Approaching Barriers to Health Center Deliveries in Rural Western Kenya from a Liberation Theology Perspective: A Community-Based Needs Assessment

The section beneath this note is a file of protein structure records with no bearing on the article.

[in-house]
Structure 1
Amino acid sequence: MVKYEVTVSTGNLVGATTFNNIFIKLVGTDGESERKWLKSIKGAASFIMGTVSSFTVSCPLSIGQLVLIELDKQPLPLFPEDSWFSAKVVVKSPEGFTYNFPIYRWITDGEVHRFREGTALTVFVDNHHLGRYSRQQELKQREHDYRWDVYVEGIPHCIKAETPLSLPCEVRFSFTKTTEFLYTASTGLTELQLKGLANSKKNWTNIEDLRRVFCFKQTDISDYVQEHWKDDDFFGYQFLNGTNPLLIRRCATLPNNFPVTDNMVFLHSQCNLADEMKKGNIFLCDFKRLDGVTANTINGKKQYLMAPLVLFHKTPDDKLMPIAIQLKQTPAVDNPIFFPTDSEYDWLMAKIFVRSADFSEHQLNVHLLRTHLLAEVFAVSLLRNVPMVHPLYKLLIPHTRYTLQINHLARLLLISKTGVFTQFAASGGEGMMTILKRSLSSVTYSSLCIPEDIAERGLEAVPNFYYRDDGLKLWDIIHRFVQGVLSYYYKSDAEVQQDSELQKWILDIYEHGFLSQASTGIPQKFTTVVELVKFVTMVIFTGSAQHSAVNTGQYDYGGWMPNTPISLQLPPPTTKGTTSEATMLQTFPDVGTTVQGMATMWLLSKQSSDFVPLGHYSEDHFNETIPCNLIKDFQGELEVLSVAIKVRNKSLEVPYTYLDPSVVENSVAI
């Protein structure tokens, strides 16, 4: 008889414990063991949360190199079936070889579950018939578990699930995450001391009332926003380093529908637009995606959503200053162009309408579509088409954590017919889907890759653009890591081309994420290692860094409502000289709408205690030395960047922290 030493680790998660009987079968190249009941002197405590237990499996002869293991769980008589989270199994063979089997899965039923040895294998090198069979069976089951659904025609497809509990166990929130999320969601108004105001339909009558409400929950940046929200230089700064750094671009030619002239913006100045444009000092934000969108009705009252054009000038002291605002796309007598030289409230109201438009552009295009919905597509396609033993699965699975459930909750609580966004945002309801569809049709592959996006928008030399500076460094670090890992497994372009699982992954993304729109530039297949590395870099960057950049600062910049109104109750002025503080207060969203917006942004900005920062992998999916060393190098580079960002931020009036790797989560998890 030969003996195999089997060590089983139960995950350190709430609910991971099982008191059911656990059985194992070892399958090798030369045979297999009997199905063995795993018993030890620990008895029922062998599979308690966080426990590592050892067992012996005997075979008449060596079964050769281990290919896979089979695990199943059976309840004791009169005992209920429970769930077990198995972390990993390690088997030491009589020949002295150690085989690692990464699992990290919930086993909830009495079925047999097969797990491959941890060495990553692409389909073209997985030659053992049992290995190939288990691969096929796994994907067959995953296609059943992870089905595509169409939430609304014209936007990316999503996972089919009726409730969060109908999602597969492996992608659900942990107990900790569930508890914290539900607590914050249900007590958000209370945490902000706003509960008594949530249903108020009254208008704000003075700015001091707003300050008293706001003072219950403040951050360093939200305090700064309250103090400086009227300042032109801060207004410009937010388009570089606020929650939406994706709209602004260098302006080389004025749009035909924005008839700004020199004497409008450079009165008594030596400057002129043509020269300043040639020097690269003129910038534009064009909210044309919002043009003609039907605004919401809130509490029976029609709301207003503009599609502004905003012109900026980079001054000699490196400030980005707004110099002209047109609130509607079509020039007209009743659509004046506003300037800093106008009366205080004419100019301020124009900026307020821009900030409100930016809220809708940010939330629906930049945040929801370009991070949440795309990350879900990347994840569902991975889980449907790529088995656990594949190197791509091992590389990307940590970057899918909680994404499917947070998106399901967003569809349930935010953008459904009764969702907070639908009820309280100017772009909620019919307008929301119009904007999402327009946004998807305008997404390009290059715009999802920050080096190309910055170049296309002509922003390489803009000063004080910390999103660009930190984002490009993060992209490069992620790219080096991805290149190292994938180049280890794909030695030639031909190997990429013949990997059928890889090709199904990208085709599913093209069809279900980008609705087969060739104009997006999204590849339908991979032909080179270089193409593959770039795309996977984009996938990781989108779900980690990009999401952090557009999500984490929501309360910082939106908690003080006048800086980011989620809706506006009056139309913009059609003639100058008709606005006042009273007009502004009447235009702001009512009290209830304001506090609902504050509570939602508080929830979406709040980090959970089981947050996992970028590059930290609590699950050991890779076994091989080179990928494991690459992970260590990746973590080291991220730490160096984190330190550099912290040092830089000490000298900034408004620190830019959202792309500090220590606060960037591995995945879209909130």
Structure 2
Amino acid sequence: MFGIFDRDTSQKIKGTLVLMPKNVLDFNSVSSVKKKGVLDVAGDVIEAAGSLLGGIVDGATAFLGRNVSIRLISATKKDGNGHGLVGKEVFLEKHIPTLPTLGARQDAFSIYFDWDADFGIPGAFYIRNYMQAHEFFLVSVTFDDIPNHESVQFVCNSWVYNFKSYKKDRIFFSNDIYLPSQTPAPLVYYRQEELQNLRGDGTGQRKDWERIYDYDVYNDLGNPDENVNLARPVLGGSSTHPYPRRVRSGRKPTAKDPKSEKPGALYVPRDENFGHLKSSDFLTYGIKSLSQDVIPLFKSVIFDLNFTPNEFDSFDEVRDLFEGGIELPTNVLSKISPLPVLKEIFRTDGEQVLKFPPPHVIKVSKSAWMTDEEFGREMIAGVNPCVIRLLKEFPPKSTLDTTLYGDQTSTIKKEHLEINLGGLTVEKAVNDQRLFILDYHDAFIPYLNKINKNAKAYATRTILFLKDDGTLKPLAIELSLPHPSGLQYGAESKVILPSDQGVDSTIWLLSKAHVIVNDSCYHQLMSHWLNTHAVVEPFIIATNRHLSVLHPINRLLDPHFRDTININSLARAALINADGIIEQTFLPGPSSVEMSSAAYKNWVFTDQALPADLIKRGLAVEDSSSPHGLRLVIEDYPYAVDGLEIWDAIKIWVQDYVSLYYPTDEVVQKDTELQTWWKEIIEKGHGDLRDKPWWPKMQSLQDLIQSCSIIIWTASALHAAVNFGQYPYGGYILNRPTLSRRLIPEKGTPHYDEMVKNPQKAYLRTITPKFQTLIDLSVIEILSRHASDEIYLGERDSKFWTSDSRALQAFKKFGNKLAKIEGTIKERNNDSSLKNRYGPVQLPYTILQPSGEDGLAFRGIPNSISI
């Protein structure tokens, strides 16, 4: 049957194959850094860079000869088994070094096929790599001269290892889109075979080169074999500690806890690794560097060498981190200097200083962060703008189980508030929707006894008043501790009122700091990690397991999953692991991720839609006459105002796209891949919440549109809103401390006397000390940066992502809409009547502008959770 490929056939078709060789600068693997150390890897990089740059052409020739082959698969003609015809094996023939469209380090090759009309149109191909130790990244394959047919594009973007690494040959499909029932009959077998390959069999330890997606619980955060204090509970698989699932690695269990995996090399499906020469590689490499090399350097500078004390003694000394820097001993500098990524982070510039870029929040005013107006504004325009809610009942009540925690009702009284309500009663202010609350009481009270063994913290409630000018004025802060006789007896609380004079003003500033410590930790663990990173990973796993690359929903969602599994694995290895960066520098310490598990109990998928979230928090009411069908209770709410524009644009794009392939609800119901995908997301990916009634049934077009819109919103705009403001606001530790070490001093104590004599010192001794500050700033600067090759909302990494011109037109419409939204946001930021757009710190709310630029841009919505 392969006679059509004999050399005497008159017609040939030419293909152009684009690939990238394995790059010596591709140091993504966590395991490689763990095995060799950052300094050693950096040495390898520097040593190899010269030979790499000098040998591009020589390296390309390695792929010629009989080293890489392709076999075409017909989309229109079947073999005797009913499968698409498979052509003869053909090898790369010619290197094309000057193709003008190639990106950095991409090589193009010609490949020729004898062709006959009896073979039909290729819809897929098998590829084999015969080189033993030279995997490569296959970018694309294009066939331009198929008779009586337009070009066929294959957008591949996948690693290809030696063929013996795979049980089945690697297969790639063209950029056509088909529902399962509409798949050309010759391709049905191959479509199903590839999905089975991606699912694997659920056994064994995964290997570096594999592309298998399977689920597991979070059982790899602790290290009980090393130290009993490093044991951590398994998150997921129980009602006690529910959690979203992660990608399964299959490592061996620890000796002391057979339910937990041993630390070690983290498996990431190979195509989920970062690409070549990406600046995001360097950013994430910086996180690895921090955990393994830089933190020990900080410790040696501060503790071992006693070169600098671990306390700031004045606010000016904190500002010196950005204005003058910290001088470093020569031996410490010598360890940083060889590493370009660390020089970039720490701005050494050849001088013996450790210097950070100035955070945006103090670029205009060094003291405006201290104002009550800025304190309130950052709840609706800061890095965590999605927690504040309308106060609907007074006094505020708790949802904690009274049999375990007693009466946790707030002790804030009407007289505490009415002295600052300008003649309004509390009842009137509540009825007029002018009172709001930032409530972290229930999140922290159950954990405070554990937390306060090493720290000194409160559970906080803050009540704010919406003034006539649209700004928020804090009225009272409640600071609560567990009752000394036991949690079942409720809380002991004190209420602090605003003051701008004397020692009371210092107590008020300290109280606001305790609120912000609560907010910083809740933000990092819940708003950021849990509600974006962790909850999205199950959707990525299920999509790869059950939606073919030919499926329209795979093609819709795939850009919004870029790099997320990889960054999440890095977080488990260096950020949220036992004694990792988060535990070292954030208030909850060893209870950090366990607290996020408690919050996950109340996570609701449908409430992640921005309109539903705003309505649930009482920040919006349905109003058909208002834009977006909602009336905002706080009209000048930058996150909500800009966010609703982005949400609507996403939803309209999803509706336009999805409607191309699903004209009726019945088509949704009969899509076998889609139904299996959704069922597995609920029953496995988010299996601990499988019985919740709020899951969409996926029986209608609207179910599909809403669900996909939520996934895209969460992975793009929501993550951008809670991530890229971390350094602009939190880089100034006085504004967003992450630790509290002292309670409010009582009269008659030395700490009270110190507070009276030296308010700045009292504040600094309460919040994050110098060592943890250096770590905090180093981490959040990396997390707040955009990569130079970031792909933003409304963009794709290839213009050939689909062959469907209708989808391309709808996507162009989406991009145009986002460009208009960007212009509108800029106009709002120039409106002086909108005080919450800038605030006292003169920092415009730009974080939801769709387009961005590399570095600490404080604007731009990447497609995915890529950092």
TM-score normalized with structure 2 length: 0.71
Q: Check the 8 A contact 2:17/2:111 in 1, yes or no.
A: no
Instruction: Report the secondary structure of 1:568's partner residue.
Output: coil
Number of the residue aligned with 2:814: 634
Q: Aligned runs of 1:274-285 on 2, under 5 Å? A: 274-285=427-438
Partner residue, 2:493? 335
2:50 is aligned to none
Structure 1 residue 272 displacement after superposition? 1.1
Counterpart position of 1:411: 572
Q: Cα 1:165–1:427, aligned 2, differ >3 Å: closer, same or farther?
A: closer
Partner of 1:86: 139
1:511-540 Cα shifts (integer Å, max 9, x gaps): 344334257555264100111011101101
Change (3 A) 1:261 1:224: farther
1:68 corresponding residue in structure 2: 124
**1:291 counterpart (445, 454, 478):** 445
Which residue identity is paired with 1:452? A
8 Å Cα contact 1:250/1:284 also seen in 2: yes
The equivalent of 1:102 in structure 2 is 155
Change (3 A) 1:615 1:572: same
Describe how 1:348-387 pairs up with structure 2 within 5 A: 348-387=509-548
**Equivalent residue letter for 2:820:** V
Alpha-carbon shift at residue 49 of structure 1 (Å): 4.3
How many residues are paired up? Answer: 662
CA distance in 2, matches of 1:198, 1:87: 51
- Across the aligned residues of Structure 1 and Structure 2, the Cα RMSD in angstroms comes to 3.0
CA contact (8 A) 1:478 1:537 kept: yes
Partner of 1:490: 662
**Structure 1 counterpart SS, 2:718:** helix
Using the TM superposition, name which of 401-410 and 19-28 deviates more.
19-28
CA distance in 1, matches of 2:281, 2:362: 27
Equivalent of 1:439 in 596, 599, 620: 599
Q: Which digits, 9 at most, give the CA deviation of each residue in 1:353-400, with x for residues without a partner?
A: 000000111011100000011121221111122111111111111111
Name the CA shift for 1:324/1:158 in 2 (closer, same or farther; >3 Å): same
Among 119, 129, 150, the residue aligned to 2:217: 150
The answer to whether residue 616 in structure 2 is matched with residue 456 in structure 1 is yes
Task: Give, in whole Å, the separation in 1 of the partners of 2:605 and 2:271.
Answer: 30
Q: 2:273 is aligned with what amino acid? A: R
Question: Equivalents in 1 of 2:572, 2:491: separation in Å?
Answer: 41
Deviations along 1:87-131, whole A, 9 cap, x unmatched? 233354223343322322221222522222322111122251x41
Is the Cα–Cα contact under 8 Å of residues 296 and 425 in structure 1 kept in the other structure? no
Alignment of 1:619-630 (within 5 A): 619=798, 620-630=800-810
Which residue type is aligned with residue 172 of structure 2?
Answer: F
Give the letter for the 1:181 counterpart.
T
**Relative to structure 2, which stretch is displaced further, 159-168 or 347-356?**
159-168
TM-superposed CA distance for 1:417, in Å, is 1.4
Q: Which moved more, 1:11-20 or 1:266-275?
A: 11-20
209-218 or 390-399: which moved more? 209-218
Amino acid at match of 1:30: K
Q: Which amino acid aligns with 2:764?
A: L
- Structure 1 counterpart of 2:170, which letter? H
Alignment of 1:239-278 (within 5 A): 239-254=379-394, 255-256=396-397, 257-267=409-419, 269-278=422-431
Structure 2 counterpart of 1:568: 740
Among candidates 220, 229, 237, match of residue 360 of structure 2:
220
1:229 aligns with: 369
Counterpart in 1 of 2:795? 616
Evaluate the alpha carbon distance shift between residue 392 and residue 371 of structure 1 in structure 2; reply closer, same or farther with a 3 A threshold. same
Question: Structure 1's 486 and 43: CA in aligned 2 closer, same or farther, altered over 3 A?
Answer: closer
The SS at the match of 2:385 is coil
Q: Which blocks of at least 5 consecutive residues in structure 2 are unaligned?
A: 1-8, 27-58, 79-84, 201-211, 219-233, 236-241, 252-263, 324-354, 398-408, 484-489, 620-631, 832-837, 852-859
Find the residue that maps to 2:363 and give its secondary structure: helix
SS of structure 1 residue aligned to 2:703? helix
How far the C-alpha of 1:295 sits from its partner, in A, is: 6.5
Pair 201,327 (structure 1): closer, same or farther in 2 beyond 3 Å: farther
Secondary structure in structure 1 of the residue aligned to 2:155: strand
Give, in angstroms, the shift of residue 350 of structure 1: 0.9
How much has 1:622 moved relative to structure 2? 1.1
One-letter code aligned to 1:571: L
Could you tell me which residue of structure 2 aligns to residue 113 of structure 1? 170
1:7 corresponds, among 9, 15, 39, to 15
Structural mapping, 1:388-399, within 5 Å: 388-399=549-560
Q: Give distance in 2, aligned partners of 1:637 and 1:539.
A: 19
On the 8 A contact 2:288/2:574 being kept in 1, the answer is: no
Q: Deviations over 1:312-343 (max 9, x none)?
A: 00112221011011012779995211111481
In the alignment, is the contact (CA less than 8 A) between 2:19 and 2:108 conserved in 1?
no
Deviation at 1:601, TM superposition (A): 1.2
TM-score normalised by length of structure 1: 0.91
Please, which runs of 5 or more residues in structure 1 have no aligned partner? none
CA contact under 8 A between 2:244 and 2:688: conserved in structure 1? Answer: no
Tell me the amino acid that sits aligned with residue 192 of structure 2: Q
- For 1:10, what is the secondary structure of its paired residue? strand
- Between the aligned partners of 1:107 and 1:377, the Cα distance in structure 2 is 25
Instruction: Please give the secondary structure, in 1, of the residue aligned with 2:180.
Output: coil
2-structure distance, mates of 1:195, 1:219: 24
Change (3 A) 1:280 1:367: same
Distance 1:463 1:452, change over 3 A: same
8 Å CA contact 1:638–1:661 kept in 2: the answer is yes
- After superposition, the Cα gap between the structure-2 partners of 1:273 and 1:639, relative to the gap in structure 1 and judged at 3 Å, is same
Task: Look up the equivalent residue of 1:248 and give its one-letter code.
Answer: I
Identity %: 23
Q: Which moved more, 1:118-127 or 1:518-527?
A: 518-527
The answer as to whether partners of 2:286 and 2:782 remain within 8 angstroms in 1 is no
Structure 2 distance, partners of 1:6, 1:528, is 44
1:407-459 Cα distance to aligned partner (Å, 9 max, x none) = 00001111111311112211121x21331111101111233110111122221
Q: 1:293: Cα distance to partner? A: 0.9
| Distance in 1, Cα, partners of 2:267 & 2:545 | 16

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Maternal health services play a vital role in optimizing pregnancy outcomes, especially for high-risk women in developing countries. In order to understand why few women utilize such services, extensive interviews were conducted on the Nyakach Plateau in rural western Kenya. Within a sample of 90 native Luo women (43 pregnant and 47 non-pregnant), 97.87% of the pregnant women intended to deliver at a health center, but only 45.00% of previously pregnant mothers actually did. Within the larger context of liberation theology, Paul Farmer MD PhD contrasts “structural” barriers with “cognitivist-personalistic” barriers and recommends that studies elucidate which of these problems is primary. His own work has shown that knowledge and values are irrelevant if “structural violence” prevents people from taking advantage of services. This study similarly identified and categorized the major determinants of health center deliveries into accessibility versus knowledge and values. When weighing their relative contributions, it becomes clear that the women in this sample desired to deliver in a health center but faced significant accessibility barriers. That these problems are crucial is emphasized by the fact that 38.30% of the previously pregnant mothers have other serious problems impacting or resulting from pregnancy, including HIV/AIDS, death of a child, delivering a sick baby, or having chronic physical consequences from a difficult delivery. Of the entire sample, 92.22% reported a transportation barrier. Women in labor must hike across rough terrain for an average of 3 miles to seek appropriate medical care. The other two most commonly identified barriers were financial issues (75.56%) and a lack of services (64.44%). In spite of knowledge and values, these conclusions direct significant intervention efforts toward accessibility barriers, particularly transportation aid, to increase the number of health center deliveries. Although specific to the Nyakach Plateau, these findings can be generalized to similar impoverished communities in the developing world.
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